According to magazine content Medicine and science, Urinary incontinence, the best known of urination disorders, affects more than 22% of the population between 40 and 75 years old. Being the most affected female population. Indeed, half of women over 60 suffer from it, as well, young women who play high impact sports can get it.
But above all, involuntary loss of urine is a disorder with profound psychological and social repercussions in daily life, situations far more serious than the medical problem itself.
Shame, loss of self-esteem, depression, isolation, even difficulty having normal sex are some of the tolls paid by people affected by urinary incontinence.
- Urinating too often, which is usually eight or more times a day.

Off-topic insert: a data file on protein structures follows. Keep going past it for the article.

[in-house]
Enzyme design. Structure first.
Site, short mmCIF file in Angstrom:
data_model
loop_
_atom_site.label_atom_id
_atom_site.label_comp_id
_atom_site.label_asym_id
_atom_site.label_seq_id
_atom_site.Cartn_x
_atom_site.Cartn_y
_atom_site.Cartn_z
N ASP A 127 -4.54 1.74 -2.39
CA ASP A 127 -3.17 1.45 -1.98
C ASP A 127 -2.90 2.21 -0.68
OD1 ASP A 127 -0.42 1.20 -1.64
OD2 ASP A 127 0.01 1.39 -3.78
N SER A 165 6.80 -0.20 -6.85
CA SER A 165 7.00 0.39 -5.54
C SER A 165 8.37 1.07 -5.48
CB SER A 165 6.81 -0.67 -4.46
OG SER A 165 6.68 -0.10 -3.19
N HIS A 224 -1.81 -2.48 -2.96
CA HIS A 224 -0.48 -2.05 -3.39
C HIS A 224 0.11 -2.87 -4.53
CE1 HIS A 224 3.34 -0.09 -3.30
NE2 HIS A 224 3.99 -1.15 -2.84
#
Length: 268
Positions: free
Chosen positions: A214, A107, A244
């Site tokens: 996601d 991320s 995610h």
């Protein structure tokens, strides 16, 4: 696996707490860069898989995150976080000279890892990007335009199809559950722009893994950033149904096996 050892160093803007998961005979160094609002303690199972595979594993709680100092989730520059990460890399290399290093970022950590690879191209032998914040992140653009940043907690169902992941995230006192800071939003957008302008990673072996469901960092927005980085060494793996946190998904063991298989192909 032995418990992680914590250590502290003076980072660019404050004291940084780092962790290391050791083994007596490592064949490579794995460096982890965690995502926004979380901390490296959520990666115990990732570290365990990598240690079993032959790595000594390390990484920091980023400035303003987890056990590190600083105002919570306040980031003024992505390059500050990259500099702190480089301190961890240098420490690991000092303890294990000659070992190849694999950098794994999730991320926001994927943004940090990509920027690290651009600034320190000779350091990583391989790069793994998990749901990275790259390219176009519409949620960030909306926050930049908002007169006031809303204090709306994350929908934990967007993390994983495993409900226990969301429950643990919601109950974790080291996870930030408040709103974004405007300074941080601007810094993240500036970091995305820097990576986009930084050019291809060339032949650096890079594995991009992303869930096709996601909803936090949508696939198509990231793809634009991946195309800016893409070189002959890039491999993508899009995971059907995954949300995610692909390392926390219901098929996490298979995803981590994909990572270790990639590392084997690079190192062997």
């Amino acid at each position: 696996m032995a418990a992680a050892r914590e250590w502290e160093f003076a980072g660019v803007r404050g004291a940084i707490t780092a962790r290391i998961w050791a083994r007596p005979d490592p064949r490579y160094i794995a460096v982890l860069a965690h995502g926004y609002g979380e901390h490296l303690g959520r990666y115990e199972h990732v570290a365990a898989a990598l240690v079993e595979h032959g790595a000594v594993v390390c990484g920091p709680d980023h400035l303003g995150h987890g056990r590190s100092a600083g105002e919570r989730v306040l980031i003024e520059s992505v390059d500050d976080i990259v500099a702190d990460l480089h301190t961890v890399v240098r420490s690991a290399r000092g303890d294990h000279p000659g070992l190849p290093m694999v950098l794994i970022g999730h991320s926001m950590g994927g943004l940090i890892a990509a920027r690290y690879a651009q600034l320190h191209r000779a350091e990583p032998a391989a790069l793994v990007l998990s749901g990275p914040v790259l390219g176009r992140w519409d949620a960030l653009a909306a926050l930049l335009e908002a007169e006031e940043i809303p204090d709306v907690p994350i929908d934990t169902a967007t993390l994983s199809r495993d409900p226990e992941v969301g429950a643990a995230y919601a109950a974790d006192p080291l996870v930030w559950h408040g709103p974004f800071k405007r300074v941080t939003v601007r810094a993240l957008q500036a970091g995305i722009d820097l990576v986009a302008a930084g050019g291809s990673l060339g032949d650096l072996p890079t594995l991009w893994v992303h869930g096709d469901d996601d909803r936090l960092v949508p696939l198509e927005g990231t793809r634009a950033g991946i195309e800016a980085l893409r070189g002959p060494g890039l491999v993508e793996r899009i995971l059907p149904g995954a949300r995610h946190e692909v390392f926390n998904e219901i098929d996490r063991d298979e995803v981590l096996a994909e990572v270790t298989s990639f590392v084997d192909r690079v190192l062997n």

- An uncontrollable, sudden feeling of going to the bathroom.
- Sudden loss of urine, known as urge incontinence.
The gate Visiting the website presents them as follows:
- Increased mobility urethra. In this case, the affected individual presents a certain weakness of the anatomical elements responsible for maintaining the urethra in its correct location, presenting a mobility -generally a descent- of the urethra towards lower levels, for example in the face of an effort. This mechanism will be responsible in case of stress incontinence.
- Urethral sphincter damage. What happens with an incomplete or defective closure is a loss of urine because the element that voluntarily prevents its exit does not work correctly.
- neurological injuries. In specific circumstances of certain central neurological disorders such as neurodegenerative diseases and dementias, there may be a disconnect between cerebral commands and peripheral responses at the urological level.
- local inflammation. Certain infections, non-infectious inflammations such as cystitis secondary to radiotherapy treatments, schistosomiasis infections, tumours, etc. there is an alteration in the closing mechanisms of the urethra and its sphincter, resulting in the involuntary loss of urine typical of urinary incontinence.